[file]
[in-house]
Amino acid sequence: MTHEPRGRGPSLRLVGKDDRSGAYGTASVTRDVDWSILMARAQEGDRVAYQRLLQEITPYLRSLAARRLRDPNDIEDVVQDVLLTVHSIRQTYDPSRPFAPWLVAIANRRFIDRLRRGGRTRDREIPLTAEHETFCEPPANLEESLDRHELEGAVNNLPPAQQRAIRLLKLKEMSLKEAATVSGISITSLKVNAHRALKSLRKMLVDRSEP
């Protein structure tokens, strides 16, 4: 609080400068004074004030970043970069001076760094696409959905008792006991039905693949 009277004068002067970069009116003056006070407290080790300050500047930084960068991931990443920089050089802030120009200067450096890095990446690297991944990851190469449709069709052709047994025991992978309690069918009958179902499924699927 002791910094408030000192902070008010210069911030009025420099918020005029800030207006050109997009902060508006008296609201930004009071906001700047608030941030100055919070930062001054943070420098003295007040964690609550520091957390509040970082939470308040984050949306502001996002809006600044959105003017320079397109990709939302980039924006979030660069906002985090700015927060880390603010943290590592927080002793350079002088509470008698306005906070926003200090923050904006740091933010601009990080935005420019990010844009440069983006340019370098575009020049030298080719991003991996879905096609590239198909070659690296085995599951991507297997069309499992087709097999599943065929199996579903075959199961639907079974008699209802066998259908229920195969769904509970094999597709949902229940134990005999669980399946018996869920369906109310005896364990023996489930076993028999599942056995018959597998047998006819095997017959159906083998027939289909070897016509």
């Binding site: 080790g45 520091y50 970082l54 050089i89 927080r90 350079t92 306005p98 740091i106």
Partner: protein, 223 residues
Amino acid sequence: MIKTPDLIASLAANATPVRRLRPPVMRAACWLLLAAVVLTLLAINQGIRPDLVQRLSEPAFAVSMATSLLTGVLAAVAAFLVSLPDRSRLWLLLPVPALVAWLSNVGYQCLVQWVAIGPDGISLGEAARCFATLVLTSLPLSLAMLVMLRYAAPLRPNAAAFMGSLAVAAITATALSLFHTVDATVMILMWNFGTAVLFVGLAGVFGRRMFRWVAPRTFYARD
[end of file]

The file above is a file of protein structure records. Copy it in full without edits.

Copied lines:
[in-house]
Amino acid sequence: MTHEPRGRGPSLRLVGKDDRSGAYGTASVTRDVDWSILMARAQEGDRVAYQRLLQEITPYLRSLAARRLRDPNDIEDVVQDVLLTVHSIRQTYDPSRPFAPWLVAIANRRFIDRLRRGGRTRDREIPLTAEHETFCEPPANLEESLDRHELEGAVNNLPPAQQRAIRLLKLKEMSLKEAATVSGISITSLKVNAHRALKSLRKMLVDRSEP
């Protein structure tokens, strides 16, 4: 609080400068004074004030970043970069001076760094696409959905008792006991039905693949 009277004068002067970069009116003056006070407290080790300050500047930084960068991931990443920089050089802030120009200067450096890095990446690297991944990851190469449709069709052709047994025991992978309690069918009958179902499924699927 002791910094408030000192902070008010210069911030009025420099918020005029800030207006050109997009902060508006008296609201930004009071906001700047608030941030100055919070930062001054943070420098003295007040964690609550520091957390509040970082939470308040984050949306502001996002809006600044959105003017320079397109990709939302980039924006979030660069906002985090700015927060880390603010943290590592927080002793350079002088509470008698306005906070926003200090923050904006740091933010601009990080935005420019990010844009440069983006340019370098575009020049030298080719991003991996879905096609590239198909070659690296085995599951991507297997069309499992087709097999599943065929199996579903075959199961639907079974008699209802066998259908229920195969769904509970094999597709949902229940134990005999669980399946018996869920369906109310005896364990023996489930076993028999599942056995018959597998047998006819095997017959159906083998027939289909070897016509």
């Binding site: 080790g45 520091y50 970082l54 050089i89 927080r90 350079t92 306005p98 740091i106």
Partner: protein, 223 residues
Amino acid sequence: MIKTPDLIASLAANATPVRRLRPPVMRAACWLLLAAVVLTLLAINQGIRPDLVQRLSEPAFAVSMATSLLTGVLAAVAAFLVSLPDRSRLWLLLPVPALVAWLSNVGYQCLVQWVAIGPDGISLGEAARCFATLVLTSLPLSLAMLVMLRYAAPLRPNAAAFMGSLAVAAITATALSLFHTVDATVMILMWNFGTAVLFVGLAGVFGRRMFRWVAPRTFYARD